[JURIST] The British government's proposed Terrorism Bill [PDF text; Home Office overview] passed its first test in the House of Commons [official website] Wednesday, despite a 16 MP-strong rebellion [Reuters report] of Labour Party backbenchers against the government and continued disagreement from opposition parties over controversial detention provisions. The bill, championed by Prime Minister Tony Blair [official website], passed with the support of most Conservatives. The bill outlaws "glorifying" terrorism and taking steps to prepare a terrorist act. A major point of dispute remains the period during which UK police may hold terror suspects without charge. The time set by the government in the bill is 90 days, up from two weeks, but bar leaders, rights groups and some opposition politicians have objected to the extension. UK Home Secretary Charles Clarke [official profile] Wednesday led off the Commons debate [Guardian report] on second reading by saying that the bill's critics would have the government fight terrorism with "one legal hand tied behind our back." BBC News has more.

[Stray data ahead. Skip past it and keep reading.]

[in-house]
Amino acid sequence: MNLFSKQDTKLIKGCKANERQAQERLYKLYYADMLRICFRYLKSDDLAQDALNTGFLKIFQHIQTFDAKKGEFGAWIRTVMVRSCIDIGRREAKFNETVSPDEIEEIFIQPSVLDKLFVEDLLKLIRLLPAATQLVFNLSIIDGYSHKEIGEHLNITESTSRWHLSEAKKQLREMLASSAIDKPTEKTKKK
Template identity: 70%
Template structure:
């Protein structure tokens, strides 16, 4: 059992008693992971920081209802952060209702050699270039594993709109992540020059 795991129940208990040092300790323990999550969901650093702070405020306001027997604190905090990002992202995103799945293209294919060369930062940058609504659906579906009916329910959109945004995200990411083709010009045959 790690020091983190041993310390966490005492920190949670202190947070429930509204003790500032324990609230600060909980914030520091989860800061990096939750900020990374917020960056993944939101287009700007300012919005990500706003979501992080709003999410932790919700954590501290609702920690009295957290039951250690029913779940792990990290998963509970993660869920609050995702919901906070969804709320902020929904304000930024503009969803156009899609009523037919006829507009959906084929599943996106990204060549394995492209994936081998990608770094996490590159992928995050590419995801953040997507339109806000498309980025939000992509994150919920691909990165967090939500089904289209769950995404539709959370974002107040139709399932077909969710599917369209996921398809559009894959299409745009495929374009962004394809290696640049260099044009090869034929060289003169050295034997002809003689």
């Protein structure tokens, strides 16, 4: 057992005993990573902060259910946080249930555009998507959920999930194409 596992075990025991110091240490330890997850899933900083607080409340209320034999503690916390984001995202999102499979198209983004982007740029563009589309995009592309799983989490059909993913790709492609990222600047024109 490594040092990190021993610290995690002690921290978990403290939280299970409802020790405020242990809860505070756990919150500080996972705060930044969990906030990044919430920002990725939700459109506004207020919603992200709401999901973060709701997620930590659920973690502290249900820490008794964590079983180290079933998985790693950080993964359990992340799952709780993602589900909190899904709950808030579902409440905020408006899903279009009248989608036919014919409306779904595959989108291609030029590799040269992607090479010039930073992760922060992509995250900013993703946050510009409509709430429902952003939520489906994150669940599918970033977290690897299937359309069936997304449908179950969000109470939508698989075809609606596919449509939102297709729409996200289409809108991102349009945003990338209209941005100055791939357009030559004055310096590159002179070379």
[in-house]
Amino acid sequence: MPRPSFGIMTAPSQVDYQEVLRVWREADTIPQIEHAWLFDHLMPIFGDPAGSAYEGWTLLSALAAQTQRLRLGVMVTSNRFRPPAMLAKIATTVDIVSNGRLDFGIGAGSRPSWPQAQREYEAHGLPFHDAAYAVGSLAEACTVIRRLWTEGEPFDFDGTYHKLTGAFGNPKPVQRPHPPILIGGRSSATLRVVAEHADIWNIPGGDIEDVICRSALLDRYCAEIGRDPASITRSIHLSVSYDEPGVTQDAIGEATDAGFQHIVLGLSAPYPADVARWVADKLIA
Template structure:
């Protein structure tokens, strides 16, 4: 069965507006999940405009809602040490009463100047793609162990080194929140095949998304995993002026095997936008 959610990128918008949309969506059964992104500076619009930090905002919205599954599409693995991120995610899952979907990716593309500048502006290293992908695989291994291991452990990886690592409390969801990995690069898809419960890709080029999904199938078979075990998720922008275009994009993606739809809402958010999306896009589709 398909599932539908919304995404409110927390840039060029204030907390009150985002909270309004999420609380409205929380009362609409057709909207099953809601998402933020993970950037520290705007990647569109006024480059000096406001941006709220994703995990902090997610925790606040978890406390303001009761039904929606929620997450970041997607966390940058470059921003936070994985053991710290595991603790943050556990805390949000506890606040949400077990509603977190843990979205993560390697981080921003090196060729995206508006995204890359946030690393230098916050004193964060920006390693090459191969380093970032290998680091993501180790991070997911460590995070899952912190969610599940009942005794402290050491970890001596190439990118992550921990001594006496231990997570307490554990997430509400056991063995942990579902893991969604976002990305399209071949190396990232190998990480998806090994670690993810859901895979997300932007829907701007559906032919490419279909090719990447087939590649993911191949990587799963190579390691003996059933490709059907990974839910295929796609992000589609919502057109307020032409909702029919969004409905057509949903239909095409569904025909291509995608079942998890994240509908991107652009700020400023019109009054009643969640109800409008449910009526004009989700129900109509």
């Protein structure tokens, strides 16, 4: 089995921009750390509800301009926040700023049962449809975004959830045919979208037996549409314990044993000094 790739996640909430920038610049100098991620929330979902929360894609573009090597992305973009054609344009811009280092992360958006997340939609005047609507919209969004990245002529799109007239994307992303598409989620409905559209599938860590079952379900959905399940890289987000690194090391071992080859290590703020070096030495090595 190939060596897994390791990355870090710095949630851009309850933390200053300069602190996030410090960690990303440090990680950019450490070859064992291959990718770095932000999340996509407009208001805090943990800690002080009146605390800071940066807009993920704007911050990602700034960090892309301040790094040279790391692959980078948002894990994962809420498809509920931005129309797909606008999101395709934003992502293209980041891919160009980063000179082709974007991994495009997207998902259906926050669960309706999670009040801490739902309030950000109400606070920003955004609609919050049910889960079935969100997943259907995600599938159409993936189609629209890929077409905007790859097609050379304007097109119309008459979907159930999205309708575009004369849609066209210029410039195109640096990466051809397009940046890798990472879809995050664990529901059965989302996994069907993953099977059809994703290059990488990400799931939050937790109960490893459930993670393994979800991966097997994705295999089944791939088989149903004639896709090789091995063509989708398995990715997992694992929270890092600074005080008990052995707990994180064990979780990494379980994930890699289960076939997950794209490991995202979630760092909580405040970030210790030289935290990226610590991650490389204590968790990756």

Previously in JURIST's Paper Chase...
- UK Lord Chancellor says judges should oversee terror detentions
- UK jurists warn of British drift to police state, invoking specter of Nazi Germany
- New UK anti-terror bill would allow 3-month detention without charge
- UK government open to compromise on terror law detainee provision
- Home Secretary reconsiders criminal terrorism proposals